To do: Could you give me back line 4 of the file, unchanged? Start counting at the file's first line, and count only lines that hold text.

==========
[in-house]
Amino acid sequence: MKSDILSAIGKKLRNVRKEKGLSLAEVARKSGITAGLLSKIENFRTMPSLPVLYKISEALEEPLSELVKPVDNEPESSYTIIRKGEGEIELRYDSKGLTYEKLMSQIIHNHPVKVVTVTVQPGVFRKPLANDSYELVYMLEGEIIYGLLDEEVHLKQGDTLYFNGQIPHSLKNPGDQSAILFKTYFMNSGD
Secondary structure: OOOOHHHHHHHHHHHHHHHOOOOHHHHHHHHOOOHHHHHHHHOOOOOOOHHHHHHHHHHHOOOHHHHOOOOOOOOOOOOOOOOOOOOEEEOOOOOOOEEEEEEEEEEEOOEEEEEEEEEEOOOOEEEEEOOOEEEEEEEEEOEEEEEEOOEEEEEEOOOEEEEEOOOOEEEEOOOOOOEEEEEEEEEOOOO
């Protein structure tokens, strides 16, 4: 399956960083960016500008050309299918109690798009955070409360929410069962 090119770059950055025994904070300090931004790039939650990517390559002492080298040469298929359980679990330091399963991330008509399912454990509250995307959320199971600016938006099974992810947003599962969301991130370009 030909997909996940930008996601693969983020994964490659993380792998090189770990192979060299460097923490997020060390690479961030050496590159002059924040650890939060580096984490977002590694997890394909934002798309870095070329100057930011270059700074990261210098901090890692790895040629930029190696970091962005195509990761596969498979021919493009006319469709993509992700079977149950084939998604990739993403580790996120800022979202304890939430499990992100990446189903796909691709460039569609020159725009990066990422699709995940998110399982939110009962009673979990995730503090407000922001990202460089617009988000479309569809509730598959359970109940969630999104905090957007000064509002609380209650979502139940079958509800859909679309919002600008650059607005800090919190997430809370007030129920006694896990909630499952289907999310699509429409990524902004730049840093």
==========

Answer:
């Protein structure tokens, strides 16, 4: 399956960083960016500008050309299918109690798009955070409360929410069962 090119770059950055025994904070300090931004790039939650990517390559002492080298040469298929359980679990330091399963991330008509399912454990509250995307959320199971600016938006099974992810947003599962969301991130370009 030909997909996940930008996601693969983020994964490659993380792998090189770990192979060299460097923490997020060390690479961030050496590159002059924040650890939060580096984490977002590694997890394909934002798309870095070329100057930011270059700074990261210098901090890692790895040629930029190696970091962005195509990761596969498979021919493009006319469709993509992700079977149950084939998604990739993403580790996120800022979202304890939430499990992100990446189903796909691709460039569609020159725009990066990422699709995940998110399982939110009962009673979990995730503090407000922001990202460089617009988000479309569809509730598959359970109940969630999104905090957007000064509002609380209650979502139940079958509800859909679309919002600008650059607005800090919190997430809370007030129920006694896990909630499952289907999310699509429409990524902004730049840093």